11826007_1465859523716099_3759901489993067336_nAgain Bohren recognized and stated that these conditions are unacceptable, which is why he ordered “visits and recreation” at the Waukesha Juvenile Center. On the surface this sounds good, but as in the case of statements concerning Morgan’s “refusal” to accept medication, the reality is much different. These “visits” occur every two weeks, and last only two hours. “Recreation” seems to just be a word, as she is not allowed any recreation during this time, and is not allowed to spend ANY time outdoors. As we begin to see the bigger picture, we should not be surprised that this child is desperately lonely, and can turn only to her “friends” for company. Which brings us to the elephant in the room: paranoid schizophrenia.

Bohren’s willingness to acknowledge that Morgan is suffering from a severe illness — childhood onset paranoid schizophrenia — while simultaneously refusing to treat it as the mitigating element that it is, leads us to draw questionable conclusions about his character. He is either more interested in retribution and public opinion, or he lacks a full understanding of the disease that Morgan Geyser suffers from. In his oral ruling he “kept coming back to the disturbing, premeditated nature of the crime, an offense he described as, ‘frankly, vicious'” (Journal Sentinel). For those who posses a greater knowledge of paranoid schizophrenia, this defense is thin. A person suffering from paranoid schizophrenia is quite capable of premeditation, as discussed in the National Institutes of Health Library of Medicine, “Violence due to a mental condition such as schizophrenia is considered medical, but even aggression motivated by delusions or hallucinations can also be characterized as impulsive, premeditated, or compulsive.” It is further suggested, “Assessment of a violent act committed by an offender with schizophrenia typically focuses on whether the act was due to distortions in thought or perception, i.e., delusions or hallucination”. And yet, the now 13 year old Morgan Geyser, who suffers from debilitating delusions which provoked the non-lethal yet tragic event, faces inhumane conditions.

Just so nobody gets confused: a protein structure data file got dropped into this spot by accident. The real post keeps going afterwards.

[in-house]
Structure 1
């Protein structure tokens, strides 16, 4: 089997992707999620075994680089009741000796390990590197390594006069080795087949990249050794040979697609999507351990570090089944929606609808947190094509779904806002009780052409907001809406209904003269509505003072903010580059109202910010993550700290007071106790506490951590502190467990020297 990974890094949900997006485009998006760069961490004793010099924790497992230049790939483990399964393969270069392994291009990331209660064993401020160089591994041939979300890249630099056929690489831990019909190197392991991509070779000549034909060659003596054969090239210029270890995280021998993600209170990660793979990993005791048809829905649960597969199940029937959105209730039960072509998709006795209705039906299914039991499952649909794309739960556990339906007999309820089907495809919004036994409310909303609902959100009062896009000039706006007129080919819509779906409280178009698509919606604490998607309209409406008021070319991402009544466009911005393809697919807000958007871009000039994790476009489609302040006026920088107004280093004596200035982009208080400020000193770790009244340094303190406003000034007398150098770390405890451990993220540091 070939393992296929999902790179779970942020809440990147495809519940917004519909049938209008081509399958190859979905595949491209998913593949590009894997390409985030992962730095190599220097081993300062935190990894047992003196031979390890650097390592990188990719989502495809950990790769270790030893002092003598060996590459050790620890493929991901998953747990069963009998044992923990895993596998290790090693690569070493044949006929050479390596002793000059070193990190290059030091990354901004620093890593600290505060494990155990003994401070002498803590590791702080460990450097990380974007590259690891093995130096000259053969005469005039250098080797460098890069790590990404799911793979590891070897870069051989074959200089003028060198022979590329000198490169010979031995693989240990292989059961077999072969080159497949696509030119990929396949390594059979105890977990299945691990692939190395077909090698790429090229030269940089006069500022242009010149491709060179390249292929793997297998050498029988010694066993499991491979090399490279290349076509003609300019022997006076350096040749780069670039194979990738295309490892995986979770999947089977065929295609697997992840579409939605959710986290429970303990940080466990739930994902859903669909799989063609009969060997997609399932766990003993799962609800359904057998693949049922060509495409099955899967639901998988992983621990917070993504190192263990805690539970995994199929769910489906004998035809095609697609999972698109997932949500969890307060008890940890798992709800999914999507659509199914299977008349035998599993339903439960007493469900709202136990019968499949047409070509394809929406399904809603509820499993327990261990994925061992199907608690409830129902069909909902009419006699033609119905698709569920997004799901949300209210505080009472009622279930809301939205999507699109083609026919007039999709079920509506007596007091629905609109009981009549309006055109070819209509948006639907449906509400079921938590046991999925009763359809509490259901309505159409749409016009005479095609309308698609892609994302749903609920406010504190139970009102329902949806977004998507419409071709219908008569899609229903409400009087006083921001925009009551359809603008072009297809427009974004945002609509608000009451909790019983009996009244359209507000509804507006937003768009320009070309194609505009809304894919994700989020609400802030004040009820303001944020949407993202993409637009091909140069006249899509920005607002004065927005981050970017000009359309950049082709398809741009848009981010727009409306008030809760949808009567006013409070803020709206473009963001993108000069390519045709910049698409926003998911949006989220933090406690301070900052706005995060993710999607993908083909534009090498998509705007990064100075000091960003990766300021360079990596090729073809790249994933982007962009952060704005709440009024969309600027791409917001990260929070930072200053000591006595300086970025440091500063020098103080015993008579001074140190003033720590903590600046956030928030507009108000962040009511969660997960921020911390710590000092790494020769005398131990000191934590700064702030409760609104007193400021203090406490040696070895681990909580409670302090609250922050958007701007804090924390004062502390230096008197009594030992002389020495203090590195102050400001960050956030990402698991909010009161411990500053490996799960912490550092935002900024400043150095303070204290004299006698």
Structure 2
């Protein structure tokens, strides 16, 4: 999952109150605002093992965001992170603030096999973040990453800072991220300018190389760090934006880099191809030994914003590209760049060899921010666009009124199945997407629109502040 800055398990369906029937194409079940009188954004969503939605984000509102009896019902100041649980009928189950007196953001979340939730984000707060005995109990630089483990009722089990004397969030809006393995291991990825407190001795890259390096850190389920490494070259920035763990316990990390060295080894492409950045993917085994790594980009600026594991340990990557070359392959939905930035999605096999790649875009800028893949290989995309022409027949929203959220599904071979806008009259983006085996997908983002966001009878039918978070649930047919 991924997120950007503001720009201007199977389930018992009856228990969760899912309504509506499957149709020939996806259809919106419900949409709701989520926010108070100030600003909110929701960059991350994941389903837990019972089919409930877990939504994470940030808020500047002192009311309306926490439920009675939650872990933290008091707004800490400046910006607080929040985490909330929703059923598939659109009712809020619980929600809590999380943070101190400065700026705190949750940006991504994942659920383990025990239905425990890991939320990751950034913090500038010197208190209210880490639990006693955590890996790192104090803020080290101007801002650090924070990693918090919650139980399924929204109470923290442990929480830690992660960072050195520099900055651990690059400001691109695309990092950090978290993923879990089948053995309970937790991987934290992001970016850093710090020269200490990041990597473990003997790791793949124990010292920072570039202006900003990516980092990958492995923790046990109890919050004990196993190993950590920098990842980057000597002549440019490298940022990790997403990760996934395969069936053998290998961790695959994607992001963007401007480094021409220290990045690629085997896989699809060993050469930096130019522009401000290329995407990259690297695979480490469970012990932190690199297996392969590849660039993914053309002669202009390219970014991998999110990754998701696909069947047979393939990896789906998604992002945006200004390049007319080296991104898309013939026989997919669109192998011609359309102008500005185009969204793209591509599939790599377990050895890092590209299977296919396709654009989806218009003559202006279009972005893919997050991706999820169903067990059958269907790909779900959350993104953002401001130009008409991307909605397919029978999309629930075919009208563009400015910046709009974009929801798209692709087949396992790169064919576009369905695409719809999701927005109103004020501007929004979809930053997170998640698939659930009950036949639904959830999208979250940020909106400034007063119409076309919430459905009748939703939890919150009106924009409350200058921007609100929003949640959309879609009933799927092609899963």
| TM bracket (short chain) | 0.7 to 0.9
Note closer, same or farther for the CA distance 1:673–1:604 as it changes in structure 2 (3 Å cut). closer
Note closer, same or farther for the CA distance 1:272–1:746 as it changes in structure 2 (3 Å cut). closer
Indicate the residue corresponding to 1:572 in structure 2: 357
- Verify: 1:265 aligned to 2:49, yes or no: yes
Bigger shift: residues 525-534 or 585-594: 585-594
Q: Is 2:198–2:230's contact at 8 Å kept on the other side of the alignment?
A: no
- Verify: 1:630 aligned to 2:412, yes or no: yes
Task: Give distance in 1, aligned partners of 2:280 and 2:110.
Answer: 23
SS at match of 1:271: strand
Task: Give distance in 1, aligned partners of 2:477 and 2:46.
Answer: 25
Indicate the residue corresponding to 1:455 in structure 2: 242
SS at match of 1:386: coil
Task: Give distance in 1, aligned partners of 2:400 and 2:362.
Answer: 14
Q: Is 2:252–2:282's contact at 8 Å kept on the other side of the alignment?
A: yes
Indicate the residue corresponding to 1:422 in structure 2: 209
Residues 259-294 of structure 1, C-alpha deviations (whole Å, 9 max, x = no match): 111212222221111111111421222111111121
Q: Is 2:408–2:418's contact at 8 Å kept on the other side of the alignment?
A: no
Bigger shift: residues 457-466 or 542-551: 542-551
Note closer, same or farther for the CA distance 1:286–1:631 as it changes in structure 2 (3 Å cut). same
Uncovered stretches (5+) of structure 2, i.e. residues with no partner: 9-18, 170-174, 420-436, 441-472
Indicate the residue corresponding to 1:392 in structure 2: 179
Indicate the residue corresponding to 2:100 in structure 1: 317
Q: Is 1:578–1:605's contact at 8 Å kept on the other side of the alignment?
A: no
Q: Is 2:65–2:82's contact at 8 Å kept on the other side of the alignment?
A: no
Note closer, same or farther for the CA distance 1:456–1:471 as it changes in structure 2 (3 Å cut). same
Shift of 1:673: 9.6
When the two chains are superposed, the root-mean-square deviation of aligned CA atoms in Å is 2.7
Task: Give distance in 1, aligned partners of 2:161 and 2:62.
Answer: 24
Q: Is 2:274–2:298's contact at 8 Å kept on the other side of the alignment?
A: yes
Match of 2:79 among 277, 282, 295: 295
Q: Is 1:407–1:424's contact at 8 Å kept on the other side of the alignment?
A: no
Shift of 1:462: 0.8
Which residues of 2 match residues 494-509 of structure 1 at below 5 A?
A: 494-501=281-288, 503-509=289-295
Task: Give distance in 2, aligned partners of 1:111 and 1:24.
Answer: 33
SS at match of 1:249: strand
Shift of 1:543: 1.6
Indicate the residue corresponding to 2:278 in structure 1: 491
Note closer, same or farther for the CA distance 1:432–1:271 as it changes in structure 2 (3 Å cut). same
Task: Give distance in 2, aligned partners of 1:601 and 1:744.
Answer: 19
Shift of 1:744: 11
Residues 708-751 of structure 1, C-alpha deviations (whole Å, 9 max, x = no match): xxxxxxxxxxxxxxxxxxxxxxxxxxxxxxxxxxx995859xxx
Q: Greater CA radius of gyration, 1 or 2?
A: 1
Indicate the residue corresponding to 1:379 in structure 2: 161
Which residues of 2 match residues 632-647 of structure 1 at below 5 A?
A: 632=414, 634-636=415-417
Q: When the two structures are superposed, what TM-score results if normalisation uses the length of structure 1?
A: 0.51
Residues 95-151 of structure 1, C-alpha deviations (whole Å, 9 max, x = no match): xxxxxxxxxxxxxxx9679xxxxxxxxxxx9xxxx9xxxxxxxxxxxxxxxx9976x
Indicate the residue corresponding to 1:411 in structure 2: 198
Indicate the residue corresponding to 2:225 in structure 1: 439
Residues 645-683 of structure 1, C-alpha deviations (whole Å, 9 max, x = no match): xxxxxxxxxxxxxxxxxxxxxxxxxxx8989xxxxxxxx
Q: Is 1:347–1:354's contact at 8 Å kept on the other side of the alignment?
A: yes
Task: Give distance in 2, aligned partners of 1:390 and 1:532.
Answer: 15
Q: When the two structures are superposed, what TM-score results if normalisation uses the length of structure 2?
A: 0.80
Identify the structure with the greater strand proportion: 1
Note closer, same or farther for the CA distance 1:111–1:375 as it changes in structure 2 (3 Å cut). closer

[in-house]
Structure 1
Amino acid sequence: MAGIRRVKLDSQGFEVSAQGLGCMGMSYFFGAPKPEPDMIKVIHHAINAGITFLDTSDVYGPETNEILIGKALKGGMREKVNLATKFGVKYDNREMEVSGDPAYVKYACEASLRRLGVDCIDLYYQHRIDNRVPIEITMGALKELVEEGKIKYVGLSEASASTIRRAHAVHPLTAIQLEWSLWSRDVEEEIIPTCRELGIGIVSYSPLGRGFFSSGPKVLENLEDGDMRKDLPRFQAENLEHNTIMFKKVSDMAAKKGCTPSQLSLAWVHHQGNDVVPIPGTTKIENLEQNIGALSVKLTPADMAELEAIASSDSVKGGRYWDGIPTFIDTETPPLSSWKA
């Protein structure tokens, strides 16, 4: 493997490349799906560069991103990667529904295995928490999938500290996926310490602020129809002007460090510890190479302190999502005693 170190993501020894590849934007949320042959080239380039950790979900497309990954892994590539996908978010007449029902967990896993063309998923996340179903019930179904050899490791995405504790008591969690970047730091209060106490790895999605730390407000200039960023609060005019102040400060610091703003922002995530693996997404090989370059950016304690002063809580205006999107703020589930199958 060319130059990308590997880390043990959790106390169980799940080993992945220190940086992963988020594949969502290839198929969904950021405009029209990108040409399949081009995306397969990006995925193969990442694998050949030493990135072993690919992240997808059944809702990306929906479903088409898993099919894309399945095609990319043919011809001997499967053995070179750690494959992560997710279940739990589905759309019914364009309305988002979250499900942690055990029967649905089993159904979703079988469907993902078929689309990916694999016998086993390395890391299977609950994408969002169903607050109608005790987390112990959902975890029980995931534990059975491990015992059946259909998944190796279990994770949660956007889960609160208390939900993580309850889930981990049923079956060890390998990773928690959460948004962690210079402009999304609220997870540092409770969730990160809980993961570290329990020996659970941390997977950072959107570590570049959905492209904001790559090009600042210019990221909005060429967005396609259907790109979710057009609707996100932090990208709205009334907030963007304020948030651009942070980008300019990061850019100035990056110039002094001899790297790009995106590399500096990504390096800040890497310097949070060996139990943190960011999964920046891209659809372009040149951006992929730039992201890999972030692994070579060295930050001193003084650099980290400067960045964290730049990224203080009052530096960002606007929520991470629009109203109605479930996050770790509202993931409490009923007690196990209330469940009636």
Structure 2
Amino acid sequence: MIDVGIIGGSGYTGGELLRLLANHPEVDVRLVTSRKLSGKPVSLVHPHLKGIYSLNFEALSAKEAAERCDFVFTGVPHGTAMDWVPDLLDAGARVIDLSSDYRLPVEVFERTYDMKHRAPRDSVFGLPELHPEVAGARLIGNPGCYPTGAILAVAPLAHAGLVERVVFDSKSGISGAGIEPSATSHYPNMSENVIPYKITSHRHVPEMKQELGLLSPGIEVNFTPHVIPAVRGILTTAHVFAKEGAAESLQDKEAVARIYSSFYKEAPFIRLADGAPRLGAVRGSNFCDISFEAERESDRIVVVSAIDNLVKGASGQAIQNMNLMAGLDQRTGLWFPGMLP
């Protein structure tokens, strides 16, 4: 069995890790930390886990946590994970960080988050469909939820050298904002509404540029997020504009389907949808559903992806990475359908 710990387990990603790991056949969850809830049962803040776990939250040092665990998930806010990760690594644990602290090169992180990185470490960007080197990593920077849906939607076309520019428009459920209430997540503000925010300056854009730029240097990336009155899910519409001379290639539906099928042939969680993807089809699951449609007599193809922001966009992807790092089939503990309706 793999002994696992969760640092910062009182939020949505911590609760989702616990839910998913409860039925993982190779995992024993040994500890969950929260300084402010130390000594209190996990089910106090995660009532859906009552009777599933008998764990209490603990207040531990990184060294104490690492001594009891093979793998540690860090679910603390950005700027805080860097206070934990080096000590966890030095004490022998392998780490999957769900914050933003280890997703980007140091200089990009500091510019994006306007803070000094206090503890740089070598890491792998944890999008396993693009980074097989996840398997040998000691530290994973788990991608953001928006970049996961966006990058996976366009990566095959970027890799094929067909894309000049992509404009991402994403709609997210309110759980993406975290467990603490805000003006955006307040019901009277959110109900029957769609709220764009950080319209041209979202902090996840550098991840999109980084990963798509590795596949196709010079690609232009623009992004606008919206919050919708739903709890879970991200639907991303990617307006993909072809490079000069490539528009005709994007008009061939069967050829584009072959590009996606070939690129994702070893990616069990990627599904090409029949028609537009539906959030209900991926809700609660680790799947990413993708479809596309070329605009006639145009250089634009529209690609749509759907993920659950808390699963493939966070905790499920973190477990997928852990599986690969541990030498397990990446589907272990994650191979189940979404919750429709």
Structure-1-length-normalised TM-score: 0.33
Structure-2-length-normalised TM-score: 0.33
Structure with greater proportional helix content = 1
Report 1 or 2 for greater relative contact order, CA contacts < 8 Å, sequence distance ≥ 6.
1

EP-312189479.jpg&q=80&MaxW=550&MaxH=400&RCRadius=5We must ask ourselves if Judge Michael Bohren is truly interested in a decision that “offers protection to everyone”? Deeper still we must wonder if his goal is actual justice? In fact his ruling has grave consequences for Morgan Geyser, “The teens face dramatically different treatment because of the judge’s decision. Children tried as adults face longer sentences and fewer resources while incarcerated, and they’re more likely to be assaulted in adult prisons than juvenile facilities” (Huggington Post). In an increasingly chaotic world with dwindling resources, where overcrowding is the rule not the exception, we can expect to see more and more mental illness. It is easy to dismiss until it touches down in your life, but the devastation it can create is terrifying. As a society we need to take responsibility for our own, and learn to look past our emotional reactions, or what people will think of us (Judges included). We must learn to do the right thing!

A Beautiful Mind

beautiful_mind2Some are familiar with “A Beautiful Mind“, the famous Ron Howard film starring Russell Crowe, which depicts the life and work of John Forbes Nash Jr., who was afflicted with Schizophrenia. Recently Nash, who won the Nobel Prize in 1994 for Economics, died in a car crash along with his devoted wife Alicia Nash – the woman who provided Nash the support he needed throughout his lifelong mental illness. Sylvia Nasar, the couple’s biographer and author of “A Beautiful Mind”, managed to capture a strange truth which many people struggle with: madness and genius can, and often do, reside in the same person. Nash was perhaps one of the most brilliant Mathematicians of the twentieth century, whose game theory showed mathematically that by cooperating instead of competing, everyone involved can succeed. At the same time Nash was also struggling with his sanity, and was hospitalized on numerous occasions. Despite the battles that waged between his delusions and our reality, with the proper support, care and compassion Nash was able to not only live a productive life, but a successful one in which his groundbreaking work paved the way to a better world.